Not only must we resist Satan, and flee temptation, and stand strong against Satan’s evil attacks against us so that we don’t give in or give up, but we must be proactive in making straight paths for our feet. In other words, we can’t live the Christian life just by being reactive to difficulties or temptations, but we must be conscientiously active in pursuing righteousness and holiness, by spending time daily at Jesus’ feet, listening to him, learning from him, fellowshipping with him, worshiping him, and by doing what he says. If we are lazy about pursuing righteousness, then we leave ourselves wide open to defeat. We can’t wait until the trials come and hope we will have the strength to endure. We need to be daily putting on the armor of God, so that when the day of evil comes, we will be able to stand. For, we are in a spiritual battle, and Satan is fighting to get us back. We need to get serious about God and about walking in the Spirit and about casting aside all that hinders.
The Sanctification (vv. 14-17)
Pursue peace with all men, and the sanctification without which no one will see the Lord. See to it that no one comes short of the grace of God; that no root of bitterness springing up causes trouble, and by it many be defiled; that there be no immoral or godless person like Esau, who sold his own birthright for a single meal. For you know that even afterwards, when he desired to inherit the blessing, he was rejected, for he found no place for repentance, though he sought for it with tears.
It instructs us here to pursue peace with all men, and the sanctification (or holiness) without which no one will see the Lord.
Many people are talking these days about world peace, meaning that the people of the world and the people of all faiths should come together as one and unite together for one common purpose and objective. This is not what is intended here, for we could not live holy lives unto God and yet be united in partnership (agreement) with the world of sin. The two don’t mix, for they are opposites. We also can’t live holy lives if we are compromising our faith and convictions in order to live in peace (harmony) with all human beings. To be holy means to be set apart from (unlike) the world, because we are becoming like Christ. Without this kind of holiness we will not see the Lord. If we continue to conduct our lives according to the flesh and our sinful desires, we will die. But if by the Spirit we put to death the deeds of the flesh, we will live (Ro. 8:1-14; cf. Ro. 6-8; Eph. 4:17-24; Lu. 9:23-25).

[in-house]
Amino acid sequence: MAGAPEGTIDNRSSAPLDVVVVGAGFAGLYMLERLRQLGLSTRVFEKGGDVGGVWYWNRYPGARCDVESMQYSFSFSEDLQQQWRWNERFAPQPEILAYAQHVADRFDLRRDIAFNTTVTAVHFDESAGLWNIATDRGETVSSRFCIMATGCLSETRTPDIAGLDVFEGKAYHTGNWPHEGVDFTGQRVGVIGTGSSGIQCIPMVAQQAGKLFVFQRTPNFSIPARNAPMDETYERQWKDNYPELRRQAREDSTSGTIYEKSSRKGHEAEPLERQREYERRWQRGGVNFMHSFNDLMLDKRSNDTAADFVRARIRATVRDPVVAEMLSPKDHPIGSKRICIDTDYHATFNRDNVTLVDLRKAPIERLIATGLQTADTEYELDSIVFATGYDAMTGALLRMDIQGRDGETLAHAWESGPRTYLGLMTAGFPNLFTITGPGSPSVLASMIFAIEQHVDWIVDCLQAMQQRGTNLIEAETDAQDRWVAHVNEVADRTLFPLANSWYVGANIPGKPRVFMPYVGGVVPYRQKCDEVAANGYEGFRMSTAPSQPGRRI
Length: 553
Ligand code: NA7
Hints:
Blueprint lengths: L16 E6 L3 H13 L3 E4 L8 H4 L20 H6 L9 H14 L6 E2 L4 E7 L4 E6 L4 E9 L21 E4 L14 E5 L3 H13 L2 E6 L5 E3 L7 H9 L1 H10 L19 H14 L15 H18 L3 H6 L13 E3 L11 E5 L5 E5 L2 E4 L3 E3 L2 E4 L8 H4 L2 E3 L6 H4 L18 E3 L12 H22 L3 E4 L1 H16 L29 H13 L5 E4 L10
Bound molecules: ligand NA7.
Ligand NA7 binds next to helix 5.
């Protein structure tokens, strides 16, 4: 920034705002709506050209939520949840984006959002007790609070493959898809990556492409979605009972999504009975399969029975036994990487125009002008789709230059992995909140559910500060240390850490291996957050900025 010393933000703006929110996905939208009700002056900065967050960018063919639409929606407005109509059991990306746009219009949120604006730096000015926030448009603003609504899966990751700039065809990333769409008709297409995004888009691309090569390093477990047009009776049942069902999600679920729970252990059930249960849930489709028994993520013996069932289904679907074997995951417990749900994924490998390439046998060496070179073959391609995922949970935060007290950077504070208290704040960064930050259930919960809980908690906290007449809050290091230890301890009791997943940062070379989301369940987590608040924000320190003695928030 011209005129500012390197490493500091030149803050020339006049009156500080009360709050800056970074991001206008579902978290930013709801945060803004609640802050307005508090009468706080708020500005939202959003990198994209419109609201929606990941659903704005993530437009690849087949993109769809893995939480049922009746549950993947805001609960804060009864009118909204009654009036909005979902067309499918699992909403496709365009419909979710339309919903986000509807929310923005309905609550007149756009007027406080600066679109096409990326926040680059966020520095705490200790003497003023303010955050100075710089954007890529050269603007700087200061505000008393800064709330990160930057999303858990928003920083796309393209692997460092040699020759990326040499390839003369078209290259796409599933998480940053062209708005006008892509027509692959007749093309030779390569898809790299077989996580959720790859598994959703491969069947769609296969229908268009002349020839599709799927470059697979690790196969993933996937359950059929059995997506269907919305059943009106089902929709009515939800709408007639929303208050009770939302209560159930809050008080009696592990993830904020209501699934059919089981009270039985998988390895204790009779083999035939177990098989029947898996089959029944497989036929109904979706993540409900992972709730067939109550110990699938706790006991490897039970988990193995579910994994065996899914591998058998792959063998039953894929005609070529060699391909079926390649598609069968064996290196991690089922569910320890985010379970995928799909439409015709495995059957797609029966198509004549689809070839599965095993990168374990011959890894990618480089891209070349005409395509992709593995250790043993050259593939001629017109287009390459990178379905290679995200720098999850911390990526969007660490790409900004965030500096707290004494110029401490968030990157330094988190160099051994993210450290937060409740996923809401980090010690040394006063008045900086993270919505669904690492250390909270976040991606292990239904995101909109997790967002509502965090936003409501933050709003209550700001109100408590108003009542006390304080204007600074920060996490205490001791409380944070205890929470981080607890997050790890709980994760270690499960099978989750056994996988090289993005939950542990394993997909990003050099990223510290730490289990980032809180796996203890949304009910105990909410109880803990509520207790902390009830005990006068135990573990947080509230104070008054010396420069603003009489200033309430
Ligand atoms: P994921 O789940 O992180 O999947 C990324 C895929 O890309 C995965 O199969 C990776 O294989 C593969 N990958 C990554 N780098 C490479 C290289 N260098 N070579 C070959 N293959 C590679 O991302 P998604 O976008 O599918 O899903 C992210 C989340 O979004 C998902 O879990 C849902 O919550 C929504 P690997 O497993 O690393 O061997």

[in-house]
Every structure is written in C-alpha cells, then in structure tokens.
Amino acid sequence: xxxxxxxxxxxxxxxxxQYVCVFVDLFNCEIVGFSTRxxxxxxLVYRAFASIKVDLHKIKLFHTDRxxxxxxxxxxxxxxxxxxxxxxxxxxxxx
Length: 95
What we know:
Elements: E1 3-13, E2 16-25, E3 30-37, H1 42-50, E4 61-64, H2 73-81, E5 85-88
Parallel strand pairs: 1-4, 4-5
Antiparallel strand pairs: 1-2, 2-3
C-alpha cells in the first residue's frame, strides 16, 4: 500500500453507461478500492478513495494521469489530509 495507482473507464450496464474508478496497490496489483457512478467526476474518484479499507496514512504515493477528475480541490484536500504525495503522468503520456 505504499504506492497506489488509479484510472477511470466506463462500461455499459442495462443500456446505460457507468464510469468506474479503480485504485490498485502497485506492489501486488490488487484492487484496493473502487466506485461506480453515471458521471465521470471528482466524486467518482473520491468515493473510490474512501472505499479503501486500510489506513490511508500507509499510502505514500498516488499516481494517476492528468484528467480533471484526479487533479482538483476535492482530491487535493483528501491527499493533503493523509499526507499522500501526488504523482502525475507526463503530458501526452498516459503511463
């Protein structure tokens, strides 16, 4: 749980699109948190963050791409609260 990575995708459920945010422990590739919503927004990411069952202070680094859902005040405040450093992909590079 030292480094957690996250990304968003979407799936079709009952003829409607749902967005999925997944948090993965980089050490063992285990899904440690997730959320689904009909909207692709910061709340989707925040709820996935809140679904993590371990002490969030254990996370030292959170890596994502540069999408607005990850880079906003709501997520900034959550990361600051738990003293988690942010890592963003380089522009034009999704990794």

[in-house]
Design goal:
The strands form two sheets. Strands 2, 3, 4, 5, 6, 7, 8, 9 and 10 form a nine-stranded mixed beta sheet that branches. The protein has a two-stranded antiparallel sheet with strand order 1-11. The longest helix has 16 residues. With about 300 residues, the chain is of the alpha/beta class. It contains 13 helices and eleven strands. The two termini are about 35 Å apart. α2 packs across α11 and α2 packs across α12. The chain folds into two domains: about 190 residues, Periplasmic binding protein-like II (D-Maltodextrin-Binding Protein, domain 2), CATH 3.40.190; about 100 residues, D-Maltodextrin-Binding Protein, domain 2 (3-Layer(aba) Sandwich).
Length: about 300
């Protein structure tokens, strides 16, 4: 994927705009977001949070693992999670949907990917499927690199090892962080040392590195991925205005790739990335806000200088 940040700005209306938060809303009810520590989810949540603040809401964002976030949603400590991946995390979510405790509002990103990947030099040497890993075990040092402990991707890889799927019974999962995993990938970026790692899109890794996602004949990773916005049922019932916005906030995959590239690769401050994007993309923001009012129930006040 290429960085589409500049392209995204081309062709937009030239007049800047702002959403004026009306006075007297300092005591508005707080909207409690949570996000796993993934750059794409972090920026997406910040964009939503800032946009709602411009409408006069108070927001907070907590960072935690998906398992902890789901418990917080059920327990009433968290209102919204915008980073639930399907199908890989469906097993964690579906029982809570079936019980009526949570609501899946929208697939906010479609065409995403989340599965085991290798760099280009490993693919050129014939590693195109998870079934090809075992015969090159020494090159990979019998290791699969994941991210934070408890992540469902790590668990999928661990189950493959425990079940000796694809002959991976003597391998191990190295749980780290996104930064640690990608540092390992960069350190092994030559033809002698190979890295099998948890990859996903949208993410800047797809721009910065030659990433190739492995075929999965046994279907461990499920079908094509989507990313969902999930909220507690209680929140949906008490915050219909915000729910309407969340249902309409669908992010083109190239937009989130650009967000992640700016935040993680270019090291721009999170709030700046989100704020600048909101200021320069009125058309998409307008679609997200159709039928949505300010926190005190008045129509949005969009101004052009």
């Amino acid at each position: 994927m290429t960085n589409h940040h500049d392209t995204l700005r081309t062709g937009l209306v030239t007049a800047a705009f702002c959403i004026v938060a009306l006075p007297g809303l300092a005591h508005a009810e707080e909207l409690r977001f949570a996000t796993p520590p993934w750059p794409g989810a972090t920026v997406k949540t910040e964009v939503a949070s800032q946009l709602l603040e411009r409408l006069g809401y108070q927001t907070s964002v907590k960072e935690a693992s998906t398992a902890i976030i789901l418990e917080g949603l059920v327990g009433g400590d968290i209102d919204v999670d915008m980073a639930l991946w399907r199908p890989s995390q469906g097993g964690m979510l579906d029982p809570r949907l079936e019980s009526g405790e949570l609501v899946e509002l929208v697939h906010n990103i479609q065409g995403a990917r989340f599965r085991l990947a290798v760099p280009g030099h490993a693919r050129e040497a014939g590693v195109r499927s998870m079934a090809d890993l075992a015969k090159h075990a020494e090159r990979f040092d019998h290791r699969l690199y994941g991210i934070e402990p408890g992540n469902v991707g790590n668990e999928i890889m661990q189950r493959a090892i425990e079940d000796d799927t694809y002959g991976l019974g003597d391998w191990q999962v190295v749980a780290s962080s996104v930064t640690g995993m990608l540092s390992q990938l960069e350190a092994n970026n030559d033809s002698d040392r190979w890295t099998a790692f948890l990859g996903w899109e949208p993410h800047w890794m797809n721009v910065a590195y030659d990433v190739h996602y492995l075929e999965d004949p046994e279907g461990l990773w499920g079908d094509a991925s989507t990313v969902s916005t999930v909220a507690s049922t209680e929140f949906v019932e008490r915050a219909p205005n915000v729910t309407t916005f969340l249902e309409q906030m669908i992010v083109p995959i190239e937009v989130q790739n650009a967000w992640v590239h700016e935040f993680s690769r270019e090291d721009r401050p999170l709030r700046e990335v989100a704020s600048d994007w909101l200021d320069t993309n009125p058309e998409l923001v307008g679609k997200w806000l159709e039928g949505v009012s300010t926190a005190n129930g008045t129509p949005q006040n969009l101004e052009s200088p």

So, what does it mean then to pursue peace with all men (and women)? I believe it means we should not be at war with people, i.e. we should not be antagonistic or hate-filled or mean-spirited or vengeful towards others, but rather we should work toward reconciliation, where possible, and harmony, as much as is possible to do without compromising truth, our convictions, the scriptures, and our faith in Jesus Christ. This does not mean we don’t share the gospel because it might offend people, or that we don’t confront sin out of fear that people might not like us, or that we don’t expose evil or call people to repentance. What it does mean is that we should love people with the love of Jesus Christ and we should care about their legitimate needs, and we should be ministers of God’s grace and mercy. Yet, we should never water down the gospel or withhold what is good from people, i.e. what is in their best interest, out of fear of rejection or out of a desire to have everyone like us.
There is a common teaching today within the institutional church which teaches that we, as believers in Jesus Christ, should “stay in our own lane,” meaning we should not confront people with sin or talk with them about needing to repent, but we should just be “nice” to everyone so that they feel good and are not made to feel uncomfortable. They may see this as pursuing peace with all people. Yet, the scriptures here describe this peace in a different way. It instructs us, the body of Christ, to see to it that no one comes up short of the grace of God, i.e. we need to share the truth of the gospel so people can be saved. We are to see to it that no one is sexually immoral, so this means we must lovingly and humbly speak to others about forsaking sin. So many people today are teaching that it is kindness and love to stay in our own lane, but it is really selfish, because we don’t want to be ones who are tagged as disunifiers, intolerant, and judgmental. True love confronts sin, most especially first in our own lives, and it calls for repentance, so that people can be saved and at peace with God, and can have the hope of eternal life, for without holiness no one will see God.
Broken and Contrite / An Original Work / May 13, 2012
I come before You, Lord, my Savior,
With humble heart and crushed in spirit.
I bow before You, I implore You,
Heal my broken heart, I pray.
Love You, Jesus, Lord, my master,
You are the King of my heart.
Lord, purify my heart within me;
Sanctify me, whole within.
Oh, Lord, I long to obey fully
The words You’ve spoken through Your Spirit.
I pray You give me grace and mercy,
Strength and wisdom to obey.
Father God, my heart’s desire,
Won’t You set my heart on fire?
Lord, cleanse my heart of all that hinders
My walk with You, now I pray.
Oh, Jesus, Savior, full of mercy,
My heart cries out for understanding.
I want to follow You in all ways,
Never straying from Your truth.
Holy Spirit, come in power,
Fill me with Your love today.
Lord, mold and make me;
Your hands formed me;
Live Your life through me, I pray.